Around 7:00 the maintenance folks came around and let me into the marina, then at 7:30 SWMBO arrived with a mittful of parts I had asked her to bring over. She gave me a ride back to the house and I got the Volvo for any running around that had to be done.

When I got back to the marina, I started a conversation with the crane operator. He had 2 big powerboats lined up ahead of me for launch. I should expect to get splashed around 11:00. Ok I said, and went to unhook the tow straps that were holding Iris to the trailer.

"How long will you need to have her ready to splash?" the crane operator asked? "I mean she's such a small thing, I might could get her in right now if you can move your van and stuff out of here."

"I'm ready as soon as these straps are off."

Iris was in the water by 9:00. I went and parked the van and negotiated myself a 4 hour borrow of a slip in the "Executive Pool." Just as I motored over to the slip, FIL appeared to lend a hand with the rigging. Everything was going on schedule.

I quickly fitted the masthead instruments, and then started working on the standing rigging. Then challenges came up. The cotter pins that hold the spreaders in place were nowhere to be found. I was short a few split rings. The details were nibbling away at the goal.

FIL and I shuttled the van back to the house, and after some rummaging, I found a bag of spare parts. We took them to the marina and found that though we now had the right cotter pins, they were mangled so that they wouldn't fit the holes they needed to go in. While I continued to wrestle with the bent pins, FIL went to Home Hardware and got new pins. These are mild steel and will have to be replaced with stainless, but at least we were able to complete the rigging.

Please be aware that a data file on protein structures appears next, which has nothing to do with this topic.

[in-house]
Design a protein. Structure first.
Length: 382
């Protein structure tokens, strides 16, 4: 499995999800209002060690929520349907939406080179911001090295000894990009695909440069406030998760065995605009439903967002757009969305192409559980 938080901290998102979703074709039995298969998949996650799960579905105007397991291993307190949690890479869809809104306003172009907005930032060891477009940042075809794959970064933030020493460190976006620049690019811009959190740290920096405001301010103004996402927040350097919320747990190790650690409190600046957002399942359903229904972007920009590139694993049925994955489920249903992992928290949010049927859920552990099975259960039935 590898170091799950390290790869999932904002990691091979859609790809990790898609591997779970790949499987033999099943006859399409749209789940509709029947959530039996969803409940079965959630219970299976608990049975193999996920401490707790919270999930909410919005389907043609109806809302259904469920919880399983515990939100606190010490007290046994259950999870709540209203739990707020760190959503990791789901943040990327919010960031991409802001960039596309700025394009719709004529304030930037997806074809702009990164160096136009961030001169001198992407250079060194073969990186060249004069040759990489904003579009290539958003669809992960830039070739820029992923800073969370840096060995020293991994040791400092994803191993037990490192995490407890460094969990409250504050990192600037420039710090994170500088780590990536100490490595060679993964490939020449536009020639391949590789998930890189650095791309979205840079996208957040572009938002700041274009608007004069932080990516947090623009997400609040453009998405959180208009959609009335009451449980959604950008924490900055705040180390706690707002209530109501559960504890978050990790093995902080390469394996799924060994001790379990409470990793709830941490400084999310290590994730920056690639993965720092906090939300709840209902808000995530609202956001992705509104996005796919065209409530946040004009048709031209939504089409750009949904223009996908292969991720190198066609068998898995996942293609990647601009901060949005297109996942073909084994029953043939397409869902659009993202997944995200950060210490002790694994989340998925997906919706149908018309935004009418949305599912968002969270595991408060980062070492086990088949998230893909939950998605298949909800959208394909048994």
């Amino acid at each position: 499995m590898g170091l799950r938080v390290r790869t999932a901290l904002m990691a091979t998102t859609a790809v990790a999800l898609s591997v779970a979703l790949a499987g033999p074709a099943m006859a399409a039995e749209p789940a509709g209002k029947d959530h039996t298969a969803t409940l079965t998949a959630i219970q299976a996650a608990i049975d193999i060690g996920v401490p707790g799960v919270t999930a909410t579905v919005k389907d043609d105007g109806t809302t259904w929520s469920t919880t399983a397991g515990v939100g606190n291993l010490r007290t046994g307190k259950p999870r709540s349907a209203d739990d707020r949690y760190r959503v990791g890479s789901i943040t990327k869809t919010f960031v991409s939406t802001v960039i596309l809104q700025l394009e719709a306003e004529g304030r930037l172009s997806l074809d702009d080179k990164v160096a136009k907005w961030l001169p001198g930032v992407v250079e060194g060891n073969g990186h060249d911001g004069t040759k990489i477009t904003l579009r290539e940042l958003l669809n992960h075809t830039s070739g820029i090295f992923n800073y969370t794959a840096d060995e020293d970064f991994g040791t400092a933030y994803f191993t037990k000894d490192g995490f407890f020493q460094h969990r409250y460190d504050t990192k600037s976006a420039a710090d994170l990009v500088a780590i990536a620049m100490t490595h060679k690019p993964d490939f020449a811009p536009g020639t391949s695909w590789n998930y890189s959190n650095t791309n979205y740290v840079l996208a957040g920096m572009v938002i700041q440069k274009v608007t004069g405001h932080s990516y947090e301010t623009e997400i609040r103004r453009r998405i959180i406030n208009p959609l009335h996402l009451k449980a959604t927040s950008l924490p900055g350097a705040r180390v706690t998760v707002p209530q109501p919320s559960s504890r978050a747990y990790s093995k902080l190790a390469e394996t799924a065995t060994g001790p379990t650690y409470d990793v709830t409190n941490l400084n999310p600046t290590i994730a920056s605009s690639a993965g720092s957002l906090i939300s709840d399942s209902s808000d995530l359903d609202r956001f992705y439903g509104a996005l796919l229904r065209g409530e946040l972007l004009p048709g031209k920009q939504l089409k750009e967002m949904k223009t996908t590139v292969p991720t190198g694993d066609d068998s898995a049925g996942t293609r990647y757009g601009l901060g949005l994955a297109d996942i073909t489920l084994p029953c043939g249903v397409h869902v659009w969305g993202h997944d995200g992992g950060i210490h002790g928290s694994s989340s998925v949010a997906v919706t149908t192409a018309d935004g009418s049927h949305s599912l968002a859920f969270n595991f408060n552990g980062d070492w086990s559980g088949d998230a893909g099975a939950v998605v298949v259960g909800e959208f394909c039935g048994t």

With all the split rings and cotter pins in place, we raised the mast. Once again it was a brute force effort, and FIL pointed out that I won't be able to do that once I'm 70. He's probably right. There are 2 solutions I can see to that. Buy a bigger boat with a crane-raised, keel stepped mast, or built a proper A-frame to raise the mast with. Now that the mast was up, and the stays properly tensioned it was time to go for a car ride.

Our second car shuttle took the Volvo to SGA - our home sailing club, and got provisions for the journey by sea. Then we drove back to Iris, attached a boom to the mast, bent on the sails, and headed out to sea.

According to the marine forecast, we had wind in the 10-15 kts range. I think they were about right. It was a perfect sail. The wind was on our aft quarter most of the way across the lake, the sun kept shining all day, and one frosty beverage was about right for the trip. Just as we arrived at SGA, the winds picked up a little stronger and 2 other sailboats came out of the marina, as though to welcome us home.

We had to take 2 passes at it to get into our slip since a strong crosswind blew us off course the first time, but once we were in, we packed up our toys, put a cover on the sail, and headed back home.

Looks like the sailing season has finally found us!